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Big-name fans? That's awesome, baby!
10/21/2008 8:14 PM ET
ST. PETERSBURG -- The Tampa Bay Rays have been around for only 11 seasons, and while they didn't exactly pack them in at "the Trop" during the lean years, they do have their share of loyal followers.

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Take for example ESPN college basketball analyst Dick Vitale, one of the most recognizable and admired sports personalities in the business today. Vitale resides in Tampa and has been a Rays season-ticket holder for years. He has four tickets in the first row, right behind the visitors' dugout. A self-described "baseball fanatic," Vitale bought 12 extra seats when the Rays' playoff run began three weeks ago and today, he's grateful he did.

"Before, I couldn't give them away," Vitale said. "Now, my phone's ringing off the hook. It's incredible in this city. I went to the store the other day and the shirts were flying off the shelves."

Vitale's vantage point has given him a top-notch view of the visiting teams, something he's enjoyed immensely over the years. He proudly calls himself a groupie, asking for autographs and snapping pictures of both Rays players and opponents, too, and most of the time, the players would reciprocate and ask for his signature as well.

Vitale, a member of nine Halls of Fame including the Basketball Hall of Fame, looks forward to sitting in some of the best seats in the house when the Rays play the franchise's first World Series game Wednesday night at Tropicana Field. Like many Tampa Bay area residents, he still can't quite believe the Rays are actually in the Fall Classic.

"What a moment this is," Vitale said. "It's great for baseball, great for Tampa, great for the Rays."

The moment the Rays clinched the American League pennant stands out as one Vitale isn't soon to forget. He remembered standing near Red Sox outfielder Jason Bay as the two watched the Rays' on-field pileup. Bay handed Vitale two of his bats and said, "Dickie V., I have no use for these anymore. Give them to your grandsons."

Vitale is one of a handful of local celebrities who pulled for the Rays long before it became en vogue. Talk-show host Bubba the Love Sponge, who has shows on both Sirius satellite radio and Cox Radio, has been a die-hard Rays fan from the start and has developed friendships with several players, many of whom listen to his show regularly. The show plays a song titled "Tampa Bay's on Fire," a takeoff of Billy Joel's "We Didn't Start the Fire."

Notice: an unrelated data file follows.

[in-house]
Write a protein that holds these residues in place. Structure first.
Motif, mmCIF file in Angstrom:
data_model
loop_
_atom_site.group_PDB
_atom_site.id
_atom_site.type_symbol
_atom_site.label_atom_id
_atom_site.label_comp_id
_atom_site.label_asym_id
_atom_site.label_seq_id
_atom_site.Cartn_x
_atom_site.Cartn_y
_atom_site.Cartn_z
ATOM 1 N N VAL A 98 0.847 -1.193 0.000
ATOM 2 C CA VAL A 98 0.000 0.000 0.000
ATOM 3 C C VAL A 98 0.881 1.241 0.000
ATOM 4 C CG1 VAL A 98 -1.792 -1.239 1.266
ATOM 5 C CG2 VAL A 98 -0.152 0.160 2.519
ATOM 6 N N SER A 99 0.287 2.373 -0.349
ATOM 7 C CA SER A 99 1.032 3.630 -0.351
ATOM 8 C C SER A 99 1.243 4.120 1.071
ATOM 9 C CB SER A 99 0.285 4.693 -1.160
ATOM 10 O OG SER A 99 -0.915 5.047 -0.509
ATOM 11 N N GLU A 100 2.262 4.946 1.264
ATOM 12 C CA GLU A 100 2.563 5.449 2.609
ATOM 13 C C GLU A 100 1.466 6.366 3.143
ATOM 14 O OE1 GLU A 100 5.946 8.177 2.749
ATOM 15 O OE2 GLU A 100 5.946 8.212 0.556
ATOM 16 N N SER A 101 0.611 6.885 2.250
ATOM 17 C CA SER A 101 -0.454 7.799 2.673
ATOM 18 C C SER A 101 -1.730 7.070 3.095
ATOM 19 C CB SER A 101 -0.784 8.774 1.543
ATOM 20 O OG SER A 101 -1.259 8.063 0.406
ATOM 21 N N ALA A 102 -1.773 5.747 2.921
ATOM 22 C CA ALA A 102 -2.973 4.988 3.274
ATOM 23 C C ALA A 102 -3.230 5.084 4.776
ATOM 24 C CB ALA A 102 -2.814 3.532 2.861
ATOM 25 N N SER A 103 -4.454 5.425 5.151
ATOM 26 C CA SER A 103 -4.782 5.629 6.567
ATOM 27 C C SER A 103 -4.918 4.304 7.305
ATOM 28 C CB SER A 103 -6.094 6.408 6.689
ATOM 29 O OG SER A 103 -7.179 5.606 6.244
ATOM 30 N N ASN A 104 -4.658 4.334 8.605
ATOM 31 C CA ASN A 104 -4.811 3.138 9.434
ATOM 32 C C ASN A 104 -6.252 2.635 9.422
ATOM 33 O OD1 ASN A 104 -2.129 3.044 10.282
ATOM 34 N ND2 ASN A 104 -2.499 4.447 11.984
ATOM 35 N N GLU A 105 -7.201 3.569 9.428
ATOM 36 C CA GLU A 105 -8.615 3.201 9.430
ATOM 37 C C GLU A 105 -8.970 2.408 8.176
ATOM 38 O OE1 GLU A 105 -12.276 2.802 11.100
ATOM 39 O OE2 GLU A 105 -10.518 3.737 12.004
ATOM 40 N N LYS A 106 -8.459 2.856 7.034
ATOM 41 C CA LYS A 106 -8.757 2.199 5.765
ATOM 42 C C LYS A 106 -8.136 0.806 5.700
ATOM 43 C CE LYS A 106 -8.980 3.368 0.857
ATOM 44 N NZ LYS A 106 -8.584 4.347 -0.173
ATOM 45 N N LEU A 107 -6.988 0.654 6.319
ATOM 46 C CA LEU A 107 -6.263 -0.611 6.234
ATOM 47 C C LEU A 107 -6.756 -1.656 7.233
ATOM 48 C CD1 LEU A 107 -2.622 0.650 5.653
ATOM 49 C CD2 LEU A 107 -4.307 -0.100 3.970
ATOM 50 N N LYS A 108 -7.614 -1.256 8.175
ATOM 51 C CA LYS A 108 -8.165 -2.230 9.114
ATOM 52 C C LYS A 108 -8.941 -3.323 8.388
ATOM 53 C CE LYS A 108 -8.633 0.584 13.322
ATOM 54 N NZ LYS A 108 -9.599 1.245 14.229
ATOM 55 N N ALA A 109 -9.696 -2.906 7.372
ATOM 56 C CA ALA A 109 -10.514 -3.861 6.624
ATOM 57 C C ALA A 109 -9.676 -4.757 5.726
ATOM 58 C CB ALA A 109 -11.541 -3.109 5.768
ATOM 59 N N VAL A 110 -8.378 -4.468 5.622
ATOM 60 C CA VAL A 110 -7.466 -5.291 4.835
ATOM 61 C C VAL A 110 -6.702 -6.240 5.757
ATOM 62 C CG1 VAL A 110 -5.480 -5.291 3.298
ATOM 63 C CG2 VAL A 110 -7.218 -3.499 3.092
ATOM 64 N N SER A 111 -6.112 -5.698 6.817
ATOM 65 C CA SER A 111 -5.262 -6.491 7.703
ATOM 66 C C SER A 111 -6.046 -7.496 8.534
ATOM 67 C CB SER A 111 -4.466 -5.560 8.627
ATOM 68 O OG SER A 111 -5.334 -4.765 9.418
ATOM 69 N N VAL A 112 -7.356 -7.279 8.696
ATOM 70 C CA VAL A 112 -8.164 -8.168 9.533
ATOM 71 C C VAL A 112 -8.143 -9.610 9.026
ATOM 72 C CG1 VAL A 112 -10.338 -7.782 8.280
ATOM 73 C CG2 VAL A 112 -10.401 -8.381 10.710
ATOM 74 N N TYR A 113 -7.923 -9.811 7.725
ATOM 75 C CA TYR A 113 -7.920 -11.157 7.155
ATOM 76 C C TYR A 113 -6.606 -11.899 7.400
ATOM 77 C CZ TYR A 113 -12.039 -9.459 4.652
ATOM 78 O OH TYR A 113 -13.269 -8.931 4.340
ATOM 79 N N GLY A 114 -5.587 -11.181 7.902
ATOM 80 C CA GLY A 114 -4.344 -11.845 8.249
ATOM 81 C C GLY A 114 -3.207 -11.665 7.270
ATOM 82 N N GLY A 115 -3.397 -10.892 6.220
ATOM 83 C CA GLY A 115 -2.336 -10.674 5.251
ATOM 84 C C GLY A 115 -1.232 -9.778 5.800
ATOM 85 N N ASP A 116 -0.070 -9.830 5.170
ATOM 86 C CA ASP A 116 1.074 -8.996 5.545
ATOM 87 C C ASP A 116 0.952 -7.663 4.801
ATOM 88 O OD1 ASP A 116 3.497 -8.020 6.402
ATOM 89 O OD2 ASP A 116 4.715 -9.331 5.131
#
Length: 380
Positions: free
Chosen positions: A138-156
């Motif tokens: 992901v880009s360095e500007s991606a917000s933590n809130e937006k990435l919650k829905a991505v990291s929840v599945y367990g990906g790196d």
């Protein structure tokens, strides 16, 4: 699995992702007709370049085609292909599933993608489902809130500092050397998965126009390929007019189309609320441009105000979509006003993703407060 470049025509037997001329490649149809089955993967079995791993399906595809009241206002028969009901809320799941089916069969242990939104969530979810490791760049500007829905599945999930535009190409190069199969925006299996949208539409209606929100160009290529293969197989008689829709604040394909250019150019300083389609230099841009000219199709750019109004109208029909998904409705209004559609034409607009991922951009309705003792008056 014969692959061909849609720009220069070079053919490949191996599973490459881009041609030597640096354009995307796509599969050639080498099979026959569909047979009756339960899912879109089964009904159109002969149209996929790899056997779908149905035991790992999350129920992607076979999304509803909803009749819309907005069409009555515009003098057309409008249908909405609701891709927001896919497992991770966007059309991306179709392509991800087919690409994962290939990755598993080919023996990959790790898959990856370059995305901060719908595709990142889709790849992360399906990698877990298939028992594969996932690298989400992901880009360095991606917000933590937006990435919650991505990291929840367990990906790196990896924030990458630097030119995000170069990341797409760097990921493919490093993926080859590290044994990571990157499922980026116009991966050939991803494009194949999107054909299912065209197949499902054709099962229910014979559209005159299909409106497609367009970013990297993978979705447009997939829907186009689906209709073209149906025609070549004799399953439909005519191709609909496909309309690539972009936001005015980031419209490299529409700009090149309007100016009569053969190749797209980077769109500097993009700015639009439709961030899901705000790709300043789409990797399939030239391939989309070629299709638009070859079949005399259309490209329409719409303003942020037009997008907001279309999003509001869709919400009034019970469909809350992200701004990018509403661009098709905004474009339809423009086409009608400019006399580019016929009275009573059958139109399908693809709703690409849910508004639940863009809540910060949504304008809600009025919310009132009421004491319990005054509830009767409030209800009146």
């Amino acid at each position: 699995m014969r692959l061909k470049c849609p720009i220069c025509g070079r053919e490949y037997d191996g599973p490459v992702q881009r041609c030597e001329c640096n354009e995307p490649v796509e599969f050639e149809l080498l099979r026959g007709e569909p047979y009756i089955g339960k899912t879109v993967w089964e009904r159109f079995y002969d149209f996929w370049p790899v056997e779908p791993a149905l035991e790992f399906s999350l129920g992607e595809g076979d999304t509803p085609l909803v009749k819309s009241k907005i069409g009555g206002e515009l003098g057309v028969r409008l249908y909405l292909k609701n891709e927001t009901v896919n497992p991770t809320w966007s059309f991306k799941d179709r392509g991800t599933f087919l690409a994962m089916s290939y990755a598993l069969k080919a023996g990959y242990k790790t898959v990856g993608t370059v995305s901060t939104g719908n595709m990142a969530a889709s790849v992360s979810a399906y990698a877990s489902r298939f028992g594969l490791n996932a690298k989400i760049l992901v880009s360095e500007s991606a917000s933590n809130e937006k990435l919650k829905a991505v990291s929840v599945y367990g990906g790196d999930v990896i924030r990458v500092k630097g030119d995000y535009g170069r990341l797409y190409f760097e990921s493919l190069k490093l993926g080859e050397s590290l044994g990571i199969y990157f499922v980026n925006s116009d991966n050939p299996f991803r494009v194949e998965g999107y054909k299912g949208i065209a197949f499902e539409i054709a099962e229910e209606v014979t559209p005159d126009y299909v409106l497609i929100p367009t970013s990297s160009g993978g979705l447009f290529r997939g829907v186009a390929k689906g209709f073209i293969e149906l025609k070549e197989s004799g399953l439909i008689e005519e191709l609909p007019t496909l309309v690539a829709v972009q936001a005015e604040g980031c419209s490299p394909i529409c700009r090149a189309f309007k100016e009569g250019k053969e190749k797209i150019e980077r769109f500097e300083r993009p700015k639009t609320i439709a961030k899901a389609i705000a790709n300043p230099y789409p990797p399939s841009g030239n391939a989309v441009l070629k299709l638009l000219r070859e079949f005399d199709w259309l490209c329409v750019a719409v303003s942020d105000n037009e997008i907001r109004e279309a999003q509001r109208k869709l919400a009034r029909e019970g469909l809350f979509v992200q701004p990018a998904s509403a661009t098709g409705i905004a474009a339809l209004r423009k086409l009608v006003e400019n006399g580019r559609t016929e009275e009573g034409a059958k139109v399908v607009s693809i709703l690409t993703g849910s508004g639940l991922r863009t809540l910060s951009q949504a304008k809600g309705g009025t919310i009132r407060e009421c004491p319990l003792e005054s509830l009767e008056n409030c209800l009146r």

Bubba, a native of Indiana, has been a baseball fan all his life, rooting mainly for the Brewers while also paying attention to the day-to-day occurrences of the Cubs. He remembers watching Henry Aaron play in person at old Milwaukee County Stadium, a privilege that he still gushes about today.

Baseball is a passion for the radio host, but he never could have imagined the Rays, a team mired in futility each of its first 10 years of existence, could bring this much excitement to Florida's Gulf Coast. Bubba -- born Todd Clem -- said he's somewhat surprised, but not terribly considering the way the new ownership has taken the groundwork laid by the previous regime and lifted the club to a new level.

"Yes, because it happened so fast," he said. "But no, I'm not that surprised, because this team was built on good trades and great draft picks. It's a great testament to [manager Joe Maddon] and the ownership. As soon as [Maddon] took over I knew they'd be competitive."

Among the other celebs who may be spotted at the Trop on Wednesday or Thursday include two wrestlers -- Hulk Hogan and Brian Knobbs, a.k.a. "Nasty Boy," who, according to the St. Petersburg Times, skipped a party Hogan was hosting to attend Game 6 of the American League Championship Series. Knobbs' seats, according to the newspaper, were in the front row, by the Red Sox dugout. Presumably, near Vitale.

Perhaps the most famous of all Rays fans is one who has acted in more baseball movies than anyone else in Hollywood -- Kevin Costner, who took to the Rays when he and his band, Modern West, played at the Rays' uniform unveiling last October.

According to the Tampa Tribune, Costner, of "Bull Durham" and "Field of Dreams" fame, recently recorded a song dedicated to the Rays titled, "It's All Up to You."

This story was not subject to the approval of Major League Baseball or its clubs.